Gyles Brandreth has been many things – Conservative MP, television presenter, designer of jumpers, author, royal expert and actor, to name a few.
Even so, it still comes as a surprise to hear he was once the support act and pupil of controversial comic Bernard Manning, whose racist and sexist act saw him sidelined long before cancel-culture became a thing.
The unlikely pairing of the brash northerner and posh southerner was the ultimate chalk-and-cheese partnership, but Brandreth received an education and it led to a memorable first night on stage.
“When I was in my early- 20s, I wanted to be a comedian and I became the support act for Bernard at his club in Manchester,” explained the permanently upbeat polymath. “I learned a lot.
“I shared the dressing room with the stripper, who looked old enough to be my mum but was probably only about 35. She used to put glitter on her bottom to make her cheeks sparkle. She gave me a Pritt Stick, which I had to apply to her backside and then she put on the sparkles. She was a very nice lady.
“The first time I went on stage to do my act, it went so badly that Bernard sent on the topless go-go dancers, who stood either side of me and did their thing while I was trying to tell my jokes. It wasn’t all terrible, though, because the audience took sympathy on me. Someone asked what I was drinking and, by the time I came off the stage, there must have been 40 gin and tonics lined up for me.
“Bernard would drive around the other clubs performing and then came to his own club, stepping out of his Rolls-Royce and walking straight from the street onto the stage with his microphone in hand.
“He used a lot of terrible language and told jokes that really would be unacceptable today and, of course, my material was completely different. I wore a suit and, when he saw I had a briefcase, he told me to walk on stage with it. I was his complete contrast – a ridiculous young southerner.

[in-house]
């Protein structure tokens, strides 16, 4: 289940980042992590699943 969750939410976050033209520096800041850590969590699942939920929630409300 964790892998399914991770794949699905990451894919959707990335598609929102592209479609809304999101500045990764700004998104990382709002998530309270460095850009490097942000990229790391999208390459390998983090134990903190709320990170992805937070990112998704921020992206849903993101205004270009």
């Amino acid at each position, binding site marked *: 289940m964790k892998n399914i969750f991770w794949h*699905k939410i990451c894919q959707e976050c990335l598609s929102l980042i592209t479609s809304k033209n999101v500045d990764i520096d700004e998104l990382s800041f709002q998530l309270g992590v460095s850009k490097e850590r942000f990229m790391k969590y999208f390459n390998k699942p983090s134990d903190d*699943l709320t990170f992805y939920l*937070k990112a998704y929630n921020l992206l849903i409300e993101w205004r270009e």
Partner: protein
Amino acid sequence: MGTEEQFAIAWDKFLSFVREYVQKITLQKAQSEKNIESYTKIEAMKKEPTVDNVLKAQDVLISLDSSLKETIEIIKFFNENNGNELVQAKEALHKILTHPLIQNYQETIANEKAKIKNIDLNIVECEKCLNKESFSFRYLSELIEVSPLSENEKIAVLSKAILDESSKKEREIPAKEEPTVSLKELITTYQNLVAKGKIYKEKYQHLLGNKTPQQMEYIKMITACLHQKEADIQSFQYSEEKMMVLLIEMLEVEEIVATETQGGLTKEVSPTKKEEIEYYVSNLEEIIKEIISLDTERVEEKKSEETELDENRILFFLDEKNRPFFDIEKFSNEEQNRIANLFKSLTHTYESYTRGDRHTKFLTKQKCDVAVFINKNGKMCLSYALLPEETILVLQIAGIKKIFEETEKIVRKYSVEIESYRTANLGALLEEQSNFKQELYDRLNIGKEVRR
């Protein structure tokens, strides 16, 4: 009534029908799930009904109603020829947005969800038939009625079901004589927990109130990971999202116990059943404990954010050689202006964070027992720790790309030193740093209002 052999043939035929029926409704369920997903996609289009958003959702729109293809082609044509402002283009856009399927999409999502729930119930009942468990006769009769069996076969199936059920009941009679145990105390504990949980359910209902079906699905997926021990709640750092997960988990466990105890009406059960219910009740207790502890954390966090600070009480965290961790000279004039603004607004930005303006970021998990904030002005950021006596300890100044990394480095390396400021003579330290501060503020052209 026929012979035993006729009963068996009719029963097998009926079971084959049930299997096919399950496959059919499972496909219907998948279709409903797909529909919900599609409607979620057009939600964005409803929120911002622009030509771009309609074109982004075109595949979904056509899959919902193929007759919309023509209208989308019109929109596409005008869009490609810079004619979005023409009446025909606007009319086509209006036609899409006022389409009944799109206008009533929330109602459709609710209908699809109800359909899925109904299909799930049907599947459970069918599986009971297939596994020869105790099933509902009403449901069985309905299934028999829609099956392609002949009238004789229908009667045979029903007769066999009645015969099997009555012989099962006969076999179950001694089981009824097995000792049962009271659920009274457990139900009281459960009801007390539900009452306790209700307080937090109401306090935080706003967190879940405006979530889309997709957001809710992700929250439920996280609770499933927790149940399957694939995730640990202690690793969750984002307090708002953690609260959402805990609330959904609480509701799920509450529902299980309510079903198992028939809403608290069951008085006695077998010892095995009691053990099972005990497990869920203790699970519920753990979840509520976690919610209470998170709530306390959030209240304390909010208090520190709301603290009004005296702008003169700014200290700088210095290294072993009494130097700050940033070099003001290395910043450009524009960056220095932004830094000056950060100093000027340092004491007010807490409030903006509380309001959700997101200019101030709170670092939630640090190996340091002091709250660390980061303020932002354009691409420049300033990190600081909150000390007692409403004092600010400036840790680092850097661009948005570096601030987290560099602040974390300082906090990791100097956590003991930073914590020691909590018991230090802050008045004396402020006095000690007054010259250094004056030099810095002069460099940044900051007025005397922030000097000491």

“He was sensational and gave me some useful tips, like when it’s going badly you’ll be frightened and will speed up, but don’t, slow down. And when the audience gets louder, you get quieter, and eventually you’ll control them. I followed his advice and, once I got going, it was okay.
“It means I am seasoned, and I’ve had more experience than you might think. My style now is more of an old-fashioned raconteur.”
It was after Brandreth lost his House of Commons seat in 1997 that he decided to take to the stage and came to the Edinburgh Fringe for the first time with a musical revue show. He transitioned into stand-up and is back at the festival next month for the first time in four years.
“When the people spoke and got rid of me from Parliament, my wife said I should use the time as an opportunity to do whatever I wanted to do in life,” he explained. “I came up with the musical show and someone told me I should take it to the Fringe, because no one would know who I was up there because they don’t know what a Conservative MP is in Scotland. Sure enough, they didn’t know who I was and they were very friendly.
“I won the prize for the people’s award for most popular show and it was a complete sell-out. I even saw Ian McKellan in the queue waiting for returns.
“I’m a complete convert because the festival welcomes everyone – you can be an ex-Conservative MP, a 19-year-old university student or an old man like my friend, Nicholas Parsons, who was still doing the Fringe at 95.”
Brandreth’s show this year is called Can’t Stop Talking.
“The title was my wife’s idea,” he said. “I have a problem with not stopping talking. When I was a boy, my three older sisters petitioned my parents to send me to boarding school because I wouldn’t stop talking – and they did! I didn’t stop talking there either.